The poet is being ironic, when he uses the address: ‘my friend’. By this, he is addressing the ‘higher ups’ and the government who were the reason for the death of so many, while thy could prevent it. The word ‘zest’ represents engagement and vigour with which the soldiers had been persuaded into the army. The word ‘children’ explains the age of the soldiers, roughly: the boys were not even men, but children. These boys had been desperate for the ‘false’ glory - ardent for it! - but they had not been informed that there was no glory in war. It is easy to detect the poet’s opinion from the study of this extract, and from what can be studied is his detest towards the ‘people of power’ as his sorrow.
Wilfred Owen feels a variation of negative emotions towards his subject, such as helplessness and hurt. Evidence to suspect that, will be the following quote.
“Of vile, incurable sores on innocent tongues,”
The meaning of the word ‘vile’ is synonymous to villain; this negative description was addressed to describe the wounds received by the soldiers, as they were vile and incurable. This sentence contains two metaphors: ’incurable sores’ and ’innocent tongues’ from which both were used to describe the horrible experiences of innocent soldiers and their wounds that would not heal. This quote is a proof that the poet had conveyed the horrors of war through imaginative techniques and expressive language. Wilfred Owen captured my attention by the word choice he applied in this part of the poem.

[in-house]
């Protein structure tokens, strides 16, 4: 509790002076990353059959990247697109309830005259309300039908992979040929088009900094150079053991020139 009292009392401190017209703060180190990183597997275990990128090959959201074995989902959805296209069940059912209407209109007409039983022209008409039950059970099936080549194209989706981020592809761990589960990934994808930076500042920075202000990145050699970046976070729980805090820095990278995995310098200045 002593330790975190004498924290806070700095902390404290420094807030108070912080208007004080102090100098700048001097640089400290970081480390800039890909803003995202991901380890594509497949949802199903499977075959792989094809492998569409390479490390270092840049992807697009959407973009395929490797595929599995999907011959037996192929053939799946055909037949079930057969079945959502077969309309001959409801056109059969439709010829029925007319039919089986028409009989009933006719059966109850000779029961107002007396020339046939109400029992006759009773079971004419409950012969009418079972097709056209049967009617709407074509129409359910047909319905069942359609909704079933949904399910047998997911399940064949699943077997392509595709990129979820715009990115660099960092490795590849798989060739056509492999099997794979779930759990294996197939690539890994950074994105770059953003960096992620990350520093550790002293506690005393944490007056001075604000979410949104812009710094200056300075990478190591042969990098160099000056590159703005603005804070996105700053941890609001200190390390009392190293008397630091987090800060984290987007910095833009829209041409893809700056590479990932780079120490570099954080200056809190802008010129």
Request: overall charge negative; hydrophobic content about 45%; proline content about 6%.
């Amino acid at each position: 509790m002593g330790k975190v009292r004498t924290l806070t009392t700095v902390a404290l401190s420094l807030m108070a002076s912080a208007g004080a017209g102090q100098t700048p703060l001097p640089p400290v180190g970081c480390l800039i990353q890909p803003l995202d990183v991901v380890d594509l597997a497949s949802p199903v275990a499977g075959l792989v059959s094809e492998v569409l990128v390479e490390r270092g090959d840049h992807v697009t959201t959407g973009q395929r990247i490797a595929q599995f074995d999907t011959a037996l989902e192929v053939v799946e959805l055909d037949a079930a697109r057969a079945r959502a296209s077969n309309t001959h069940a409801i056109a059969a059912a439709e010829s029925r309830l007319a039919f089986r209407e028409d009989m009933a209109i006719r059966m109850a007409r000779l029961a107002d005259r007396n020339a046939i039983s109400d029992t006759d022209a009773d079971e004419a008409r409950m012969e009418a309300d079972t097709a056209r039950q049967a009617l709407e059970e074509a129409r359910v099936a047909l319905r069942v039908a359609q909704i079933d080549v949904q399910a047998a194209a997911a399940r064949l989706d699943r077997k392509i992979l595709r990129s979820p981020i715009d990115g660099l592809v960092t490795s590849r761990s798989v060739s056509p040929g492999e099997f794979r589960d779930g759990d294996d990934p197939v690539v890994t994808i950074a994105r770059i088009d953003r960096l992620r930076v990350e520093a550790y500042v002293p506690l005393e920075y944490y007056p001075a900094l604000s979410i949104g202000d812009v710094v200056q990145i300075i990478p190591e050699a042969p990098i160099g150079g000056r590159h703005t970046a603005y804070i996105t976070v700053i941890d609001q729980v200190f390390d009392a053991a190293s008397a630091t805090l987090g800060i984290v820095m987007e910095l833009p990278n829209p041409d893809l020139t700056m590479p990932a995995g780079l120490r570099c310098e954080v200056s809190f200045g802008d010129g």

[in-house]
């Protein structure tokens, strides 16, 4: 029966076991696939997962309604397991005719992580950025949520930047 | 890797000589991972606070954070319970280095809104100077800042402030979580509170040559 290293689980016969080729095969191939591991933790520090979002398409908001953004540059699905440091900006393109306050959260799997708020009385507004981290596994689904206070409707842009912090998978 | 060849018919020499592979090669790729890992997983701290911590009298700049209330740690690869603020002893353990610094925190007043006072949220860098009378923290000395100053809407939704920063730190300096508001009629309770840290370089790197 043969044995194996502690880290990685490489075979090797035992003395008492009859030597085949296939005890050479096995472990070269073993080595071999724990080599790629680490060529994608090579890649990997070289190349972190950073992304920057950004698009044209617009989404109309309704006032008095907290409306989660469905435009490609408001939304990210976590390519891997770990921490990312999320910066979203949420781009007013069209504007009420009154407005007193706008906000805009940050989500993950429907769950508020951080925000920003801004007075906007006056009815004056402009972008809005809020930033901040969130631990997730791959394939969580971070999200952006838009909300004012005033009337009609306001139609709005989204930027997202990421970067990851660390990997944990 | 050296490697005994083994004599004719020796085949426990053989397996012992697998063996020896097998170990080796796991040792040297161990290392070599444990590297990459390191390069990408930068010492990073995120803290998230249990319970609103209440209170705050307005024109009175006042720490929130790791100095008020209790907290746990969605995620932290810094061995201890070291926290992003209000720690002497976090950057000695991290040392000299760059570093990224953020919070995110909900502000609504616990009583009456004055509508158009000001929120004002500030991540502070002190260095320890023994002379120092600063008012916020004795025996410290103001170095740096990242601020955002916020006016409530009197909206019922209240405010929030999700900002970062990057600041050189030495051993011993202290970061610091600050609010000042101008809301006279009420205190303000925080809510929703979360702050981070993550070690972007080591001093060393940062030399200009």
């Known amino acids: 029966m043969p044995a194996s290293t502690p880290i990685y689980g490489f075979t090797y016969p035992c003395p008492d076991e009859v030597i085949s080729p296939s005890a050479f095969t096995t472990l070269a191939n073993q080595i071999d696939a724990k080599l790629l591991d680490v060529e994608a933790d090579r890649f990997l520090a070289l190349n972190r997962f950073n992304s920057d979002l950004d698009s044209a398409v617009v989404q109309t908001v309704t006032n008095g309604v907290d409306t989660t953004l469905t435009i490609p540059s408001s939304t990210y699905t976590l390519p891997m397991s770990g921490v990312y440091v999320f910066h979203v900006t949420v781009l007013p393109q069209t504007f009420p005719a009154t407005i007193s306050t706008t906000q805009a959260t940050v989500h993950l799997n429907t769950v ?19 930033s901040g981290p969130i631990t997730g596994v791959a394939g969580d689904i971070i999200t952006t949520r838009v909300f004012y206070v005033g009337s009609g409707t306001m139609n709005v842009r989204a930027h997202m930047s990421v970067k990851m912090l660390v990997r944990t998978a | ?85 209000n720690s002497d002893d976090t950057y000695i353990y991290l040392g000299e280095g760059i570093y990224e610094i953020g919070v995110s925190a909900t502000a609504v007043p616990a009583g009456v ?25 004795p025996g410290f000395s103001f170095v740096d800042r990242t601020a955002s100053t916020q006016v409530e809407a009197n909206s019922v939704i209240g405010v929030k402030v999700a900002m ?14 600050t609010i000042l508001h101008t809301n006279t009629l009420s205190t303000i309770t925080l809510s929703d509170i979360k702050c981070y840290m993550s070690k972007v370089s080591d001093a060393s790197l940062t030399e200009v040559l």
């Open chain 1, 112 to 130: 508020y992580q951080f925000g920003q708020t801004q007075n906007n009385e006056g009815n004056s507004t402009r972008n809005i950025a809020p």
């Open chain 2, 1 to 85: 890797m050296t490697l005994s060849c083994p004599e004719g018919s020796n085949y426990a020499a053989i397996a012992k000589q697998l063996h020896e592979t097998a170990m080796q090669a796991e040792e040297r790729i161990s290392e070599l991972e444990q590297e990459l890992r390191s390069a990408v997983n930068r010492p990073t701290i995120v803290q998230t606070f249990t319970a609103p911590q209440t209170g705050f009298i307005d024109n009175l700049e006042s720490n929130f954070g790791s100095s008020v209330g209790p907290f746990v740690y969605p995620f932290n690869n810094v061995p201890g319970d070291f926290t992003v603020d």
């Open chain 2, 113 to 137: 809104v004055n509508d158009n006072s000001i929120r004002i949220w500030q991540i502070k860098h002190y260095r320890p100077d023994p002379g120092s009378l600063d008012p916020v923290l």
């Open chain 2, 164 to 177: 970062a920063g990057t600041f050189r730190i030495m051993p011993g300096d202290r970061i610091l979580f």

Wilfred Owen had felt the need to write such a poem, because, as he went through life, he found himself stuck in the moment of horror, trouble and weakness. He discovered that his only chance to start living again would be creation of a poem that would let go of his emotions. Another reason the poet had for the creation of this poem was justice and hope he wished to inspire in the reader. Both ways were working towards his own relief. The following quotation is the last sentence of the poem and a more detailed explanation of the poem’s title.
“The old Lie: Dulce et Decorum est pro patria mori”
The Capitalized letter ’L’ in the word ’lie’ is used to emphasise the poet’s opinion: his opposition to the old lie. Poet’s belief is clear: it is not sweet and right to die for one’s country. Wilfred Owen’s use of vocabulary and language, had made it easier for the reader to grasp the meaning behind his reflections. In this poem the poet is referring to the reader by his ironic address ‘my friend’, though in his address he means to affect the ’powerful’ part of the audience. The last sentence of the poem is definitely my favourite, as its meaning was the whole reason for Owen’s writing this poem; almost as if the whole poem has been written only for this last statement of truth. Wilfred Owen’s ability to use effective language in order to absorb the reader has been applied very correctly as I felt present for the whole time.